Using a mower with dull or damaged blades takes longer and can damage the grass, leaving it more susceptible to fungal development or illnesses that propagate quickly. To inspect the blades, it is necessary to first take off the mower deck.

Check the operator’s manual to find out how to properly remove the deck and blades. If the blades have chips, cracks, or bends, they should be substituted. Utilizing sharp and balanced blades will give you a better cut and lessen the need to mow the same spot twice.

It is not advised for those without experience to change the blades on a lawn mower, therefore it is recommended to take it to a certified expert. Contact The Power Barn to book an appointment for blade replacement.

Spark Plugs

Keeping your lawn mower’s spark plug in good condition can improve its fuel efficiency and performance. Winterizing your mower correctly can prevent the need for frequent replacements. If your spark plug is a little dirty or the engine is not running right, you should change it. Refer to your operator’s manual to learn the instructions for removing and installing a new spark plug.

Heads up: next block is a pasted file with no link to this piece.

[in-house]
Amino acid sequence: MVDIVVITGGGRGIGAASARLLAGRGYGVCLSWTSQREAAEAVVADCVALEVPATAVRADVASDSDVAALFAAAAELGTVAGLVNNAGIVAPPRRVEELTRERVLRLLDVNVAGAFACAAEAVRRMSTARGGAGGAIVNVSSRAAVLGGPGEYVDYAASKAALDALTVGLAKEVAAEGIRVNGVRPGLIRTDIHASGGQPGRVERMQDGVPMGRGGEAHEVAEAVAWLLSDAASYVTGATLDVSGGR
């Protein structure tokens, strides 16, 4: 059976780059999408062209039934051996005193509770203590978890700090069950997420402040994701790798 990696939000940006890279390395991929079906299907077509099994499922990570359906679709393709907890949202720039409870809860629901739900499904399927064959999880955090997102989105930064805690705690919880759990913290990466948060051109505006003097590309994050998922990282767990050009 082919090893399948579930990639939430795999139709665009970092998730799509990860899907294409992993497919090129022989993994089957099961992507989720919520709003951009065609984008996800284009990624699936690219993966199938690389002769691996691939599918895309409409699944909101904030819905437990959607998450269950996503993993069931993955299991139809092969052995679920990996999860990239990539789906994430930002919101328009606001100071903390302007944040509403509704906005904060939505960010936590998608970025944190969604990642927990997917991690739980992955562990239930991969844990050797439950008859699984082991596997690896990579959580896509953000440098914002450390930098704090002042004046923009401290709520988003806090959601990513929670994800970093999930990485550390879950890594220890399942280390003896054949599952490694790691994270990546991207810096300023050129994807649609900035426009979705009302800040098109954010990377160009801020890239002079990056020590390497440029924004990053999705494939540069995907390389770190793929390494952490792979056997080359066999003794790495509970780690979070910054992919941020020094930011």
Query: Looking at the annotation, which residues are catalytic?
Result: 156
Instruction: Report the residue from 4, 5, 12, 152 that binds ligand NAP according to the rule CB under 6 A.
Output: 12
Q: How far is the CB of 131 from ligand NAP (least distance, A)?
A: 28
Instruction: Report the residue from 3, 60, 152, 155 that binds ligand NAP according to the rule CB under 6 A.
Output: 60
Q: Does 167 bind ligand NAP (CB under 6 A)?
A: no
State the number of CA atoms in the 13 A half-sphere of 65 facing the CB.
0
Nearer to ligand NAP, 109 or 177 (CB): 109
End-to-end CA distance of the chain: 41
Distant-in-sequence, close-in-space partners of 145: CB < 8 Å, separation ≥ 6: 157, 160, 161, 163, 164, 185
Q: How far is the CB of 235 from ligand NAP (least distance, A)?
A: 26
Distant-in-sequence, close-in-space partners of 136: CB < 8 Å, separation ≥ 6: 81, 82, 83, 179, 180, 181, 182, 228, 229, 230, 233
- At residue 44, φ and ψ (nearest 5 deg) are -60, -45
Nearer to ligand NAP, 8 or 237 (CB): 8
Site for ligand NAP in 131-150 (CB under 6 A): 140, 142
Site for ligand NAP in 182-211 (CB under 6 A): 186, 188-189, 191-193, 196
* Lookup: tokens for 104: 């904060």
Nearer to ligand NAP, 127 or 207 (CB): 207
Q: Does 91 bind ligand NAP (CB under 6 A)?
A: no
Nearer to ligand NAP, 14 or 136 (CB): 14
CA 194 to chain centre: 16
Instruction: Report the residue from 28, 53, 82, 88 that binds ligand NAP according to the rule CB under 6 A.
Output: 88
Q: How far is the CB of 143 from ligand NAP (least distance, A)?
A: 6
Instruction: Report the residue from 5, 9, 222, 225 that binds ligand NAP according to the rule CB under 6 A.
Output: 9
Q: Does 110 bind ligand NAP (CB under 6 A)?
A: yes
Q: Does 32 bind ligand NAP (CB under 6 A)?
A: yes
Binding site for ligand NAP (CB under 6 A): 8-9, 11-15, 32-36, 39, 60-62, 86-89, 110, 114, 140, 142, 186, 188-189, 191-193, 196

It is important to carefully check all the belts on your lawn mower to make sure they are in good condition. If you find any belts that are worn out, cracked, or twisted, it is best to replace them right away in order to avoid any further damage to your batteries


Look at the batteries that have gone unused while your lawn mower was not in use. If they appear to be damaged or not functioning properly, exchange them for new ones. If you need help knowing how to switch the battery in your zero-turn mower, watch this video for guidance.


It is important to make sure that the tires on your lawn mower are inflated to the correct pressure in order to produce an even cut. Check that all the tires are at the same pressure and replace any that are worn or damaged.

Before the new mowing season begins, be sure to check your lawn mower for any potential issues that could create problems or damage the machine. Taking preventative measures now will extend the life of your mower and help you to have an easy and successful mowing season.

Keep the Power Barn in mind for the parts or if you need to have us perform the service so you can enjoy the season of mowing ahead!